The idiom, “Decline of Traditional Family a National Crisis,” is deeply rooted to an assumption that national boom results from a nation rich with traditional nuclear families. Consisting of a married man and woman living together and sharing responsibilities for offspring and for each other, is the view of David Popenoe, a sociologist who believes a nuclear family defines social and national prosperity, the norm. It is when deviation from such norm occurs, that nuclear family importance is speculated.
With approximate statistical data, studies show 50% of marriages will end in divorce, a common transaction that portrays dismay of family. If the society is to survive, modifications to values and norms will be subject to cultural trends. According to David Popenoe, the traditional family is the key institution in society. Therefore, the society is eroded if the key institution is distorted. Popenoe argues families provide the identity, belonging, discipline, and values that are essential for development. Furthermore, he explains the concern that is shadowing children, victims of adverse social impact.
Nonetheless, Popenoe admits to social progress, such as diminishment of segregation, racism and the financial emancipation of women. Popenoe’s research is admirable but not entirely correct, due to neglecting the modern society’s value for family and structural changes that have emerged from technology. In this modern day and time, families range from traditional to modern. The traditional family is a vulnerable mirage, holding on to values once strongly deemed necessary. The modern family is a deviant reflection of traditional family.
The composition of traditional nuclear family members no longer exists only in traditional sense. Participants in modern families are, the traditional man, woman and child, partnered gay men and lesbian women with or without child, single man and child, and a woman and child. Many of the family styles are responses to cultural evolution in freedom of choice and some are from nature’s course, whether tragic or not. Regardless of family style, the chosen avenue is not free from our roles beyond the family that restrict our access to family life, a view of Stephanie Coontz.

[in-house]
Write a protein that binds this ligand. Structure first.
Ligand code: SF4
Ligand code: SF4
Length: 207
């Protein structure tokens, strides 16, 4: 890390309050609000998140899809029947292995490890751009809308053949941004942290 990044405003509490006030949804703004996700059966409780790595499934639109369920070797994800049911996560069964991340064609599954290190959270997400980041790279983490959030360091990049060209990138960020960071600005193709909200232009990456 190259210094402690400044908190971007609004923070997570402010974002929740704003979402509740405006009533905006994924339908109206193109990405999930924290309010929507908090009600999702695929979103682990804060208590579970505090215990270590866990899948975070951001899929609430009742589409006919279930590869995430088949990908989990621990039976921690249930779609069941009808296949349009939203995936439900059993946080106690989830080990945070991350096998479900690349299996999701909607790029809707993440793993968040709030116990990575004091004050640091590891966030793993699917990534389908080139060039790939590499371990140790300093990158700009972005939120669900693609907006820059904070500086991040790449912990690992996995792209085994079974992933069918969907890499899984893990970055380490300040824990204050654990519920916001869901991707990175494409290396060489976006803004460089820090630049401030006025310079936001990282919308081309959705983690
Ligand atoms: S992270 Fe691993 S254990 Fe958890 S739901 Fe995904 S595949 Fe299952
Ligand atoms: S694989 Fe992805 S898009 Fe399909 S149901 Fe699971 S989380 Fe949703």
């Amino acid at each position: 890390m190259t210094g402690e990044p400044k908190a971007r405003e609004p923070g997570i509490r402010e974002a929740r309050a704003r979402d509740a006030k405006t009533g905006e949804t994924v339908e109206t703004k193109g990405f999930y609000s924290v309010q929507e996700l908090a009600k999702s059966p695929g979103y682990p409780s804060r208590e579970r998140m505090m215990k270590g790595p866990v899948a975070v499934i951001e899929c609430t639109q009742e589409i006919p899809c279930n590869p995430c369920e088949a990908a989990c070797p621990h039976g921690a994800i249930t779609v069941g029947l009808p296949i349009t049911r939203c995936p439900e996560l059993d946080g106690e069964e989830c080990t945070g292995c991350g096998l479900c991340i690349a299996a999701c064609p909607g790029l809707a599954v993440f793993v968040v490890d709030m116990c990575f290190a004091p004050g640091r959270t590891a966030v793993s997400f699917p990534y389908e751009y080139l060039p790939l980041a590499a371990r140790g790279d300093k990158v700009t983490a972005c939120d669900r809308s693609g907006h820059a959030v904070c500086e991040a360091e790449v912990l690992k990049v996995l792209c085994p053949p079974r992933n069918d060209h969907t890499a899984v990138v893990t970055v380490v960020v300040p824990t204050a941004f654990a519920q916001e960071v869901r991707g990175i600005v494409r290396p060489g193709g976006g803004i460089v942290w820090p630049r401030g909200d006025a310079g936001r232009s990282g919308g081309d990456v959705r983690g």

Stephanie Coontz opposes Popenoe’s theories of a nation in crises, as well as pointing out historical data was not accurately performed. She has provided more accurate data with much more sophisticated statistical approaches, including margin of error. Data collected, state families are behaving in no-crises manner and many families are strong, today. One of Coontz’s theories included the change in woman’s role. Women of today are not just barefoot and pregnant in the kitchen, while breadwinner daddy is working to support his family.
Coontz expresses, in America, there are tremendous variety of family types that have worked and not worked. She continue to explain, that families succeed because they were flexible in their living arrangement, oppose to then stereotypes of the past. Our choices have improved with every human movement and social trend. Scientific and technological advancements have enabled possibilities, once unattainable, for traditional partners, gay couples as well as single men and women, to have children.
While traditional partners implement partnership availability, today’s single parent, has many choices from privileges bestowed. Single parents are capable of working long hours and still participate as loving and nurturing with the help of community, employer childcare accommodations, private and government programs. Communication and logistics, previously hindered from lack of technology, presently are vastly available and have narrowed deficiency in children’s need to see and communicate with parents.
Being equipped with much assistance, parents work productively or extensively, trying to excel. Structure of family is not the vitality of a nation; it is the family that creates a nation. Changing laws pave further change. Yesterday’s view of family, sufficed as best, still prevails but different family structures are emerging. Meeting the needs of members and protecting them from poverty, violence or sexual exploitation, is parental, social and national responsibility. Responsibility to achieve these needs starts with parents, sifters thru society, and lives nationally anew.